here’s the arile
People wonder if government warnings are effective in promoting new energy solutions. Well, in this case, absolutely, albeit in a roundabout way.
When Joe Grez of Seattle went to register the family 14’ wooden runabout in 2008 he was told that he had to place a mandatory CO warning sticker in the boat, as required by Washington state regulations because of the gas-powered motor.
Which got Joe to thinking about the warning, and the effect of those fossil fuel fumes on his 3 year old granddaughter (and anyone else who might be in the boat) he got to thinking. And inventing.
And because Joe Grez has a degree in physics, a portfolio of US patents, and a career that has covered the gamut from engineering solar panels to developing a hair colouring system for L’Oreal, what it means is that when Joe Grez gets to thinking he often gets to inventing.
So he converted his boat from running on an ICE engine to running on an E-engine and everyone in the family discovered that the noise-free odour-free rides in the boat were immensely more enjoyable.
Which got Joe to developing his own electric boat motor, the EP, for Electric Paddle. The first EP motors were sold in 2009 and improvements have been incorporated every day since as battery and motor technology has improved. You can find out more on the »» Electric Paddle website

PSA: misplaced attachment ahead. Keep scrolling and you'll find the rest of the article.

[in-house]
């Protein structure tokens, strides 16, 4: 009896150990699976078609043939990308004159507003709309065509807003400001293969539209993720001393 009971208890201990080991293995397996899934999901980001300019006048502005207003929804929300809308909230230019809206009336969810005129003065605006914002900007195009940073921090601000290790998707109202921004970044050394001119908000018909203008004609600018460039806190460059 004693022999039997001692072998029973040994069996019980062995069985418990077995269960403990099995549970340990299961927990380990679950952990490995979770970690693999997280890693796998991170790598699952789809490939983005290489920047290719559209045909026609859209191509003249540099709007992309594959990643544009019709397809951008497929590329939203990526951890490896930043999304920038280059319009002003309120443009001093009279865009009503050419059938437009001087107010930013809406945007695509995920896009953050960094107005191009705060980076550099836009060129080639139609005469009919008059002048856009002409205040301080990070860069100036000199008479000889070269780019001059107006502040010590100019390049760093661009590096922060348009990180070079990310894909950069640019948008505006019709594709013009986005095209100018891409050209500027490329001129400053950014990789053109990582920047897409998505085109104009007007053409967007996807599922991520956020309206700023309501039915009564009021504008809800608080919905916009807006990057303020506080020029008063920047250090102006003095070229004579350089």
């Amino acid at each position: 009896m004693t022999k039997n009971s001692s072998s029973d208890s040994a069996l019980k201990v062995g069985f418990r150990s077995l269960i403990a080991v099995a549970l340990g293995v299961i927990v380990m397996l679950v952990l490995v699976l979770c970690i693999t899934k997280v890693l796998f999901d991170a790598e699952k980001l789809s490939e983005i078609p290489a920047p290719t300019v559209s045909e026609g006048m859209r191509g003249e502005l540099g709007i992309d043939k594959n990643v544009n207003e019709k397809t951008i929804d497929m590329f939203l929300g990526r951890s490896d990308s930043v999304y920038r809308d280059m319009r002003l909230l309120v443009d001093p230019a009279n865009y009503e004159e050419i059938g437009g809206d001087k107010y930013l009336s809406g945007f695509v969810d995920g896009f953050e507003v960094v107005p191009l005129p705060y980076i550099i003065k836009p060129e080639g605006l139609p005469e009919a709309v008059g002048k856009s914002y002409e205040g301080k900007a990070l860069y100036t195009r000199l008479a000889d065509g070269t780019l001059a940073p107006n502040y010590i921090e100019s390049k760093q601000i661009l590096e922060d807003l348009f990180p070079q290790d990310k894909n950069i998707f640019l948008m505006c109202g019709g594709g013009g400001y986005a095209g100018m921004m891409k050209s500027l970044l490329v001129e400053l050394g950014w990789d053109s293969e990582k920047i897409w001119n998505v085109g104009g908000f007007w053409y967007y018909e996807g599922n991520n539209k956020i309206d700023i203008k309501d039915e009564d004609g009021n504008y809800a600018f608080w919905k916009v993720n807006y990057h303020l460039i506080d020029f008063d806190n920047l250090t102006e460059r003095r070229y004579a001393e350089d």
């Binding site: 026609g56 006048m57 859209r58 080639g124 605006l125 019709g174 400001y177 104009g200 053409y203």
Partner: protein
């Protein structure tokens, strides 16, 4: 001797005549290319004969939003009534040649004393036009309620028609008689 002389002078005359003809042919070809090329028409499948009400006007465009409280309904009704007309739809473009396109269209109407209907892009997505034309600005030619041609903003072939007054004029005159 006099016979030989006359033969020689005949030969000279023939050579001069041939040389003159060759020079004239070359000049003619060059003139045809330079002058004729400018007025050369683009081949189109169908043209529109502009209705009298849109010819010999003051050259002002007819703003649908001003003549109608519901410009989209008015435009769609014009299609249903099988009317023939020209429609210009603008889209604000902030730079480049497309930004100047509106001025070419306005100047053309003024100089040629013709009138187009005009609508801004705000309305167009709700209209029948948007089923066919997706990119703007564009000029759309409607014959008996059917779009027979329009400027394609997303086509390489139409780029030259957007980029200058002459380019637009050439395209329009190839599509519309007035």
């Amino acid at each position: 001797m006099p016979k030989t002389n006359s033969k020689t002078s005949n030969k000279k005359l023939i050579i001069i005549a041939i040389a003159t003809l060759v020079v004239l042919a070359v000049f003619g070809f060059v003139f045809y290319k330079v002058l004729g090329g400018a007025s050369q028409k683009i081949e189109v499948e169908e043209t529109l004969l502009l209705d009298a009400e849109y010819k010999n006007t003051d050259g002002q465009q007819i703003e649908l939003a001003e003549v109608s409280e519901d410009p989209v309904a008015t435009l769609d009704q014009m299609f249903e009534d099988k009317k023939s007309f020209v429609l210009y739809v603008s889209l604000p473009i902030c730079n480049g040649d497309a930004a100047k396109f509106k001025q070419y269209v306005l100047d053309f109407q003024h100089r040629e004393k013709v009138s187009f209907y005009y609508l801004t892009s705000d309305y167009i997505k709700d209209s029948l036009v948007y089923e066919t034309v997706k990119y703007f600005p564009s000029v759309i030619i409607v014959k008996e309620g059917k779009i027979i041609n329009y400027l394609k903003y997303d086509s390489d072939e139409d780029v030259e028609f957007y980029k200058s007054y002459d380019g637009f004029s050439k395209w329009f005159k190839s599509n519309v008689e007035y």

Easy set up, a well thought out solution
The motor, now called the EP Carry because of its light weight, has a custom brushless motor that provides 220 watts of power integrated with a water-lubricated gear system that requires zero maintenance (now patented, of course!)
The EP Carry is available in three shaft lengths – Mini, Standard/Short and Long, and is solar-ready with a variety of 24-volt panels.
In 2018, Joe’s invention received the Miami International Boat Show Innovation Award and was one of Boating Industry Magazine’s Top Products (along with the Hinckley Dasher e-boat).
For any boat owner who is concerned about Co2 emissions and woud like to be ‘part of the solution’, the EP Carry seems ideally suited for dinghy runs to and from a big boat.